The Student Becomes The Teacher
Lesson 8 of 15
Objective: SWBAT create an IGNITE! presentation on a topic related to environmental science.
I start the lesson by showing 2-3 different IGNITE! presentations from the Ignite* website. I try to find presentations that will interest the students, even if they don't necessarily have anything to do with the environment. After showing the presentations, I ask the students to identify what these had in common, as well as what makes them different from other slideshows or presentations they have seen in the past.
* What is Ignite?
Ignite is a geek event in over 100 cities worldwide. At the events Ignite presenters share their personal and professional passions, using 20 slides that auto-advance every 15 seconds for a total of just five minutes.
I pass out copies of the book, The Down to Earth Guide to Global Warming. I allow students to work alone or to form groups of two, and to select 2 short articles from the book. (I have students share a copy of the book to ensure they are communicating and collaborating as they work. However, giving individual copies is always an option. I have students choose two passages that go together well, as they will be making one presentation that addresses both. Each passage consists of 2-5 pages, so this is a very "digestible" amount of information. Students work together to read the passages and take notes on key information, using the Cornell notes format I created for them on the Worksheet Works website.
After 1-2 days of reading and note-taking, I have my students work to identify the main points of the articles, as well as the key details which meet any of the following criteria:
- necessary for understanding
- interesting or relevant to 6th graders
- unfamiliar or new information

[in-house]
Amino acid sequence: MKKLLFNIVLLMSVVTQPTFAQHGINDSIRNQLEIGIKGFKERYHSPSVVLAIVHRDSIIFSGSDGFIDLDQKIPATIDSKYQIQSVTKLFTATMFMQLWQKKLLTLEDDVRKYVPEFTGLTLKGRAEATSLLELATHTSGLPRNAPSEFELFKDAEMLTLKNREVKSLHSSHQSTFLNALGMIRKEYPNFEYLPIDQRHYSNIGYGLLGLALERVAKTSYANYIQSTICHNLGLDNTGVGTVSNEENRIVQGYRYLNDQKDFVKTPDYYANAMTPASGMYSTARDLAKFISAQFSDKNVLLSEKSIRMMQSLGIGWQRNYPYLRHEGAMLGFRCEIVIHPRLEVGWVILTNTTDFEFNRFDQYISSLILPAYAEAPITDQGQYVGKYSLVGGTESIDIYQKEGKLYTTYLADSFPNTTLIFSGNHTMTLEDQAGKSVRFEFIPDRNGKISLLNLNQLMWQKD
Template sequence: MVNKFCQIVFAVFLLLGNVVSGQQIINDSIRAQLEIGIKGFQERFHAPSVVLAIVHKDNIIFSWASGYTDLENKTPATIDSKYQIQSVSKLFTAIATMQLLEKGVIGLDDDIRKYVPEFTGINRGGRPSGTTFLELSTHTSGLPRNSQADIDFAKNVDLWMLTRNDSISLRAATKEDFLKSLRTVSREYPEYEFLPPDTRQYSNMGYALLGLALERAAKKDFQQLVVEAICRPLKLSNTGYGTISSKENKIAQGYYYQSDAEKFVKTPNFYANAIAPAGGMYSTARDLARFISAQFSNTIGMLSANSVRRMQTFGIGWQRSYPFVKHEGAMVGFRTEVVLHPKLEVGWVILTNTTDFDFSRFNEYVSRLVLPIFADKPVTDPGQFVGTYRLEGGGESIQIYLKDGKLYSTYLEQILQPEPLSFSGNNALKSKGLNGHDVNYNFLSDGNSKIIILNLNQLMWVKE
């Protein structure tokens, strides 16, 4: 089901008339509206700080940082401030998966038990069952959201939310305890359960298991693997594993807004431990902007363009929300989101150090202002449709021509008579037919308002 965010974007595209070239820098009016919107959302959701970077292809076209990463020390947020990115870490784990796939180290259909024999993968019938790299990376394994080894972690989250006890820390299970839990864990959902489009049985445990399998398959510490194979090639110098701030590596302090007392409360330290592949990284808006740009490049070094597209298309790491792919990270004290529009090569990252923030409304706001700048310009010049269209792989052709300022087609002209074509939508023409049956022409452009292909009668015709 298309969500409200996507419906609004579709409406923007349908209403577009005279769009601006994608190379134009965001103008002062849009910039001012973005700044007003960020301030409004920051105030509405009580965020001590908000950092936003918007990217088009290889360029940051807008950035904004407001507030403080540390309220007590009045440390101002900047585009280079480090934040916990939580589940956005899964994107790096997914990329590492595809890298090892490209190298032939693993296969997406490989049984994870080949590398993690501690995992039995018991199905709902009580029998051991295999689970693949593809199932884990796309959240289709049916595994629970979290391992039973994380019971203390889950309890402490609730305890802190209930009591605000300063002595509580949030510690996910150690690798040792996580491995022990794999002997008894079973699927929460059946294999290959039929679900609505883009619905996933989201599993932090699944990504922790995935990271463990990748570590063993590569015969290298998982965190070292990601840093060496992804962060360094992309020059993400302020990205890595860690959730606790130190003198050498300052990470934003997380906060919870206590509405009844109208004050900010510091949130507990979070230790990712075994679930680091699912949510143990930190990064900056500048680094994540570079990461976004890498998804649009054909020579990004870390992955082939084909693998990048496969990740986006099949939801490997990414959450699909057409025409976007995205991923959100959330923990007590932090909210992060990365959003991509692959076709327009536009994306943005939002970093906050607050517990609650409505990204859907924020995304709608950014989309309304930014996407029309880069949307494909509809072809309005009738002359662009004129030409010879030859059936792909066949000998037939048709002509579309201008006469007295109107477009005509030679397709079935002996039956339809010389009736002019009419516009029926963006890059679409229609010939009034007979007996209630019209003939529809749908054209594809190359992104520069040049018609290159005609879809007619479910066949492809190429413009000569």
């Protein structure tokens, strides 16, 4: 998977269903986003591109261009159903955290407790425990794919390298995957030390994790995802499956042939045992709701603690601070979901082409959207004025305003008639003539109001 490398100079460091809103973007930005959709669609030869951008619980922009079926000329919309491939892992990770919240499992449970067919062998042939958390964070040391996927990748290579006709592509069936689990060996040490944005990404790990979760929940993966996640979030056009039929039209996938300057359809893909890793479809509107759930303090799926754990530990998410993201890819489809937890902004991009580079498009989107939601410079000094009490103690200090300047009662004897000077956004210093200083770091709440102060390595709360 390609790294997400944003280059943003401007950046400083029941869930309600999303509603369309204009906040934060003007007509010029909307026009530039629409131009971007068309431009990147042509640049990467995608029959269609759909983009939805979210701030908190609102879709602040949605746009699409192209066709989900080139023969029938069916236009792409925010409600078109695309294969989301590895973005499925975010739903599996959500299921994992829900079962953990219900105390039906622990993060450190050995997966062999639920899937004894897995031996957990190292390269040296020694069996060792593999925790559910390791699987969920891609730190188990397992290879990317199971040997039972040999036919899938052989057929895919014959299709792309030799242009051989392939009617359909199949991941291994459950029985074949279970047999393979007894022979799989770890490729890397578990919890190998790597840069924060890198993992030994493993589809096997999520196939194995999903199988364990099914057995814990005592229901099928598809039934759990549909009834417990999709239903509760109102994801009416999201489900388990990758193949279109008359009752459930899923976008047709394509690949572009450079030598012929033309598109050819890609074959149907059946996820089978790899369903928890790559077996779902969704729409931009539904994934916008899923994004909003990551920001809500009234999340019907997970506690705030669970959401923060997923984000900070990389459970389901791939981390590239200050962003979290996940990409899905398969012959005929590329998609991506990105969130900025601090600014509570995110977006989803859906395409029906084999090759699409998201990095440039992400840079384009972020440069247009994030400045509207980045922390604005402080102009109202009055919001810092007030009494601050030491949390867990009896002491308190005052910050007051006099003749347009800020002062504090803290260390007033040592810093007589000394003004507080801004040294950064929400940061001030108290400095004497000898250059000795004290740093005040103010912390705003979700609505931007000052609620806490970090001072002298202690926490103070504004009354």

These will be the focus points of the students' presentations.
Now that students have developed an in-depth understanding of the topic, it is time for them to create an IGNITE! presentation. In order to create the presentation, the students first have to learn the requirements. I use the Why and How to Give an Ignite Talk video to lay out the criteria.
For additional information, you can also visit, or have your students visit, the following sites:
It's time for creation to begin! Because this is the first time students have ever tried a presentation such as this, I like to provide a storyboard template to help get them started. There are a lot of great template options available from Printable Paper, in a variety of formats.
Students use the storyboard to create a sketch of their presentation, including the images they visualize as representing each idea and a rough script to coincide with each image. Once they are finished with their storyboard, they bring it to me for approval.
In order to be approved, the storyboard needs to follow the structure of the presentation, relate directly to the information they read, and have an organizational structure. Once it is approved, students get to use the PowerPoint template (courtesy of Jack Whipple) to create the actual presentation.
The beauty of the template is that it has already been timed to meet the requirements of an IGNITE! presentation. If the storyboard is not approved, students work with me to make revisions before moving on to creating the actual presentation. Don't be tempted to "fix" their presentations for them. Instead use all of those teacher tools - model reading it and then wondering aloud, ask questions like, "Can you tell me more about..." and "Why are you...", have them explain it to a peer and get feedback.